Of all the doctrines expounded on the Lord’s Day, our sharing in the sufferings of Christ is perhaps one of the most neglected topics. This isn’t to say that the subject of suffering isn’t discussed or preached. Quite the contrary. Suffering, generally considered, is given ample attention. Where there is sickness, there one will hear the subject of suffering discussed at great length. But how often does someone ask: What are the sufferings of Christ, and how do I share in them? Or when was the last time the following was overheard, “I’m sharing in the sufferings of Christ”? Someone might describe themselves as a child of Abraham, or a true Jew, or an ambassador of Christ, or talk about being Spirit filled, or even crucified with Christ, but how often does the biblical concept of “sharing in the sufferings of Christ” directly flavor the everyday speech of saints? It is rarely heard.

But for the apostle Paul, our union with Christ, and by extension, our sharing in His sufferings, greatly informed his outlook and expectations. He could scarcely write a letter without touching upon the subject of suffering, and at several key junctures, he spoke freely and pointedly about sharing […]

G.K. Chesterton Weekend Edition

“But the new rebel is a skeptic, and will not entirely trust anything. He has no loyalty; therefore he can never be really a revolutionist. And the fact that he doubts everything really gets in his way when he wants to denounce anything. For all denunciation implies a moral doctrine of some kind; and the modern revolutionist doubts not only the institution he denounces, but the doctrine by which he denounces it. Thus he writes one book complaining that imperial oppression insults the purity of women, and then he writes another book (about the sex problem) in which he insults it himself. He curses the Sultan because Christian girls lose their virginity, and then curses Mrs. Grundy because they keep it. As a politician, he will cry out that war is a waste of life, and then, as a philosopher, that all life is a waste of time. A Russian pessimist will denounce a policeman for killing a peasant, and then prove by the higher philosophical principles that the peasant ought to have killed himself. A man denounces marriage as a lie, and then denounces aristocratic profligates for treating it as a lie. He calls a flag a bauble, and […]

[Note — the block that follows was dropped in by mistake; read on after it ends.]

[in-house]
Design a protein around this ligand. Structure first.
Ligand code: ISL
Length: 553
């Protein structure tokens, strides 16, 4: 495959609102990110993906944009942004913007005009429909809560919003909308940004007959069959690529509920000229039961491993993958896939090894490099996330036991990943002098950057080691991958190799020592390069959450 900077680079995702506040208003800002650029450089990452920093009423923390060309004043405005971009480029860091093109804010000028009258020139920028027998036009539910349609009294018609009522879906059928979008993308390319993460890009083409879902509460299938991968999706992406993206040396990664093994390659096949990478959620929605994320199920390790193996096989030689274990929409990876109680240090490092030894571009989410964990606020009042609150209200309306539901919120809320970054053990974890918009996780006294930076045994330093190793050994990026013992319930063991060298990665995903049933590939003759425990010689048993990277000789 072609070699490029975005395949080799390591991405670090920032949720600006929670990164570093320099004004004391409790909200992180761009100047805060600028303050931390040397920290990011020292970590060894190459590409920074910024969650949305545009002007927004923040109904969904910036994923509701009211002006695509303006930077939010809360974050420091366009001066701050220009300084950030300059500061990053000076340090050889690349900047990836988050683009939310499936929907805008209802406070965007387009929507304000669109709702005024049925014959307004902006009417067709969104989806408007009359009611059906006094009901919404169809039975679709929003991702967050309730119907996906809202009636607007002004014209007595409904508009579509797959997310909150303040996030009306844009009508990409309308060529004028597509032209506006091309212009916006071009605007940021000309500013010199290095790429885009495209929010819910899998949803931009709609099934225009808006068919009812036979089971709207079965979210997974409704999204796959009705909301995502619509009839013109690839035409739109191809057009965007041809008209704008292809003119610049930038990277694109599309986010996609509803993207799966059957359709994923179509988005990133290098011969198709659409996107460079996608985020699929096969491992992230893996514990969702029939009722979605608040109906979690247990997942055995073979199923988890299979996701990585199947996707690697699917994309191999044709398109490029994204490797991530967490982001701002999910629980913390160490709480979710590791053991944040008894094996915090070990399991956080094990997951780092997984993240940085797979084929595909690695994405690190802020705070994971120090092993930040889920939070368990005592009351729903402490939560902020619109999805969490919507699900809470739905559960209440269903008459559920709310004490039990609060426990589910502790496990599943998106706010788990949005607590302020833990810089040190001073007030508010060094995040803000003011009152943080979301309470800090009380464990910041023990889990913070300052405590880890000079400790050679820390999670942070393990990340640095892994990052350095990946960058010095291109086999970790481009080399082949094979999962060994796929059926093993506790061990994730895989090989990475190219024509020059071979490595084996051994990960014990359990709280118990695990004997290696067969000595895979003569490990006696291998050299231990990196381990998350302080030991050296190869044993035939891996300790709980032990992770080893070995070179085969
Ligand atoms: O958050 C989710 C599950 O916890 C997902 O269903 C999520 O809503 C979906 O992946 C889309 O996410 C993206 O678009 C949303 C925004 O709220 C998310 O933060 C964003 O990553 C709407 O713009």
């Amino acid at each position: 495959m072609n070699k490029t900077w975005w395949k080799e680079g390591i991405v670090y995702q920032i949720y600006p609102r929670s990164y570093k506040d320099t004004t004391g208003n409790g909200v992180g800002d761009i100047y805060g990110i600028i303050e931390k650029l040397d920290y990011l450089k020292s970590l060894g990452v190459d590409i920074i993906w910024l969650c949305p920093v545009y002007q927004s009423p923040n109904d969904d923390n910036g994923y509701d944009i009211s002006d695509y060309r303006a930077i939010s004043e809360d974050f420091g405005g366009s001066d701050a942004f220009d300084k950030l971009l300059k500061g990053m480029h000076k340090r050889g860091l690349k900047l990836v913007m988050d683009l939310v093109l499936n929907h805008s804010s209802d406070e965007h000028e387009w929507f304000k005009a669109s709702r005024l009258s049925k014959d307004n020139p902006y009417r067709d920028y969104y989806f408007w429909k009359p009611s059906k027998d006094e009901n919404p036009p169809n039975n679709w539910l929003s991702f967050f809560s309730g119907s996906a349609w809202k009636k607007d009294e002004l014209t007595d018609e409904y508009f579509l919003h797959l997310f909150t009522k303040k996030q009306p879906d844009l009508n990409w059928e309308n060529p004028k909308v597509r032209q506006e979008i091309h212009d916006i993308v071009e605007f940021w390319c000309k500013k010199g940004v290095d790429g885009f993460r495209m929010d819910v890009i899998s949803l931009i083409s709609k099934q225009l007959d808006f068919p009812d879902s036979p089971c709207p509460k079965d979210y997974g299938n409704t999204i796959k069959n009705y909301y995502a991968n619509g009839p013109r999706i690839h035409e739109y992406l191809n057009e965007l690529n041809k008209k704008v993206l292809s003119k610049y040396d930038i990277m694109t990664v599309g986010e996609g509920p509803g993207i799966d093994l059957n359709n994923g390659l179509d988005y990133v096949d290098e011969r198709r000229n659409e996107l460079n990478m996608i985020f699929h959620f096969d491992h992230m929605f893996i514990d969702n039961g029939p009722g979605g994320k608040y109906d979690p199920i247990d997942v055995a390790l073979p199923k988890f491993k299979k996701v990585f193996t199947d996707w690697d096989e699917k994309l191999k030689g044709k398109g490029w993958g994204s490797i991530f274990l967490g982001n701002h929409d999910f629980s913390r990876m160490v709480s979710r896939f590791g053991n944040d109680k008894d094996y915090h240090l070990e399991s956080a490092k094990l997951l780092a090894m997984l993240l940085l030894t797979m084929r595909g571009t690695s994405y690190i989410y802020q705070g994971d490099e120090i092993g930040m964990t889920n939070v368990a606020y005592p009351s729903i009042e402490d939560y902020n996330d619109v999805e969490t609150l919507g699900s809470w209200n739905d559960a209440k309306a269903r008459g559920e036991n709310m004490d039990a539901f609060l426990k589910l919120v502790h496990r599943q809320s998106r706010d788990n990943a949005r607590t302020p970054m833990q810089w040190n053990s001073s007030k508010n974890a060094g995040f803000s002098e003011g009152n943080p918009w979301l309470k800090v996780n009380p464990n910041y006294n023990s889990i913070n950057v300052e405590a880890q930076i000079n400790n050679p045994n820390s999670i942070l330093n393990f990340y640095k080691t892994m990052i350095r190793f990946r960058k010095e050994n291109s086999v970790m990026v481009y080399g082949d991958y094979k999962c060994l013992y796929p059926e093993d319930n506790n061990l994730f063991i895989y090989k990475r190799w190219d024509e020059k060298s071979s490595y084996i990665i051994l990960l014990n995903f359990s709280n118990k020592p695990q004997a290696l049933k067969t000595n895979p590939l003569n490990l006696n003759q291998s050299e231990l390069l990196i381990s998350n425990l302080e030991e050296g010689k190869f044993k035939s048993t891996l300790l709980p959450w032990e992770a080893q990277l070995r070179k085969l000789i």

Reflections on Genesis 3:15

“The LORD God said to the serpent, ‘Because you have done this, cursed are you above all livestock and above all beasts of the field; on your belly you shall go, and dust you shall eat all the days of your life. I will put enmity between you and the woman, and between your offspring and her offspring; he shall bruise your head, and you shall bruise his heel’” (Gen 3:14-15).

Herein marks the announcement of God’s plan. A promise of defeat for Satan, a word of assurance to the angels, and a message of hope for fallen humanity. It is all contained here in kernel form.

The significance of this passage can scarcely be overstated. In one short statement the underlying theme and meaning of history is laid bare. Whatever one says about the history of mankind, therefore, whether they’re looking at the specks of some seemingly insignificant incident, or the grand movements of a mighty nation, if this overarching perspective is fundamentally absent from their thinking, the task of making sense of human experience, whether it be the past or the present or the future, will inevitably fail to reflect the deep currents of reality. As a result, […]

Audio Picks

If you haven’t had a chance to check out the 2015 Desiring God Conference for Pastors, do so. There was an excellent assortment of speakers and messages.

The topic was sin. They titled the conference: Where Sin Increased: The Rebellion of Man and the Abundance of Grace.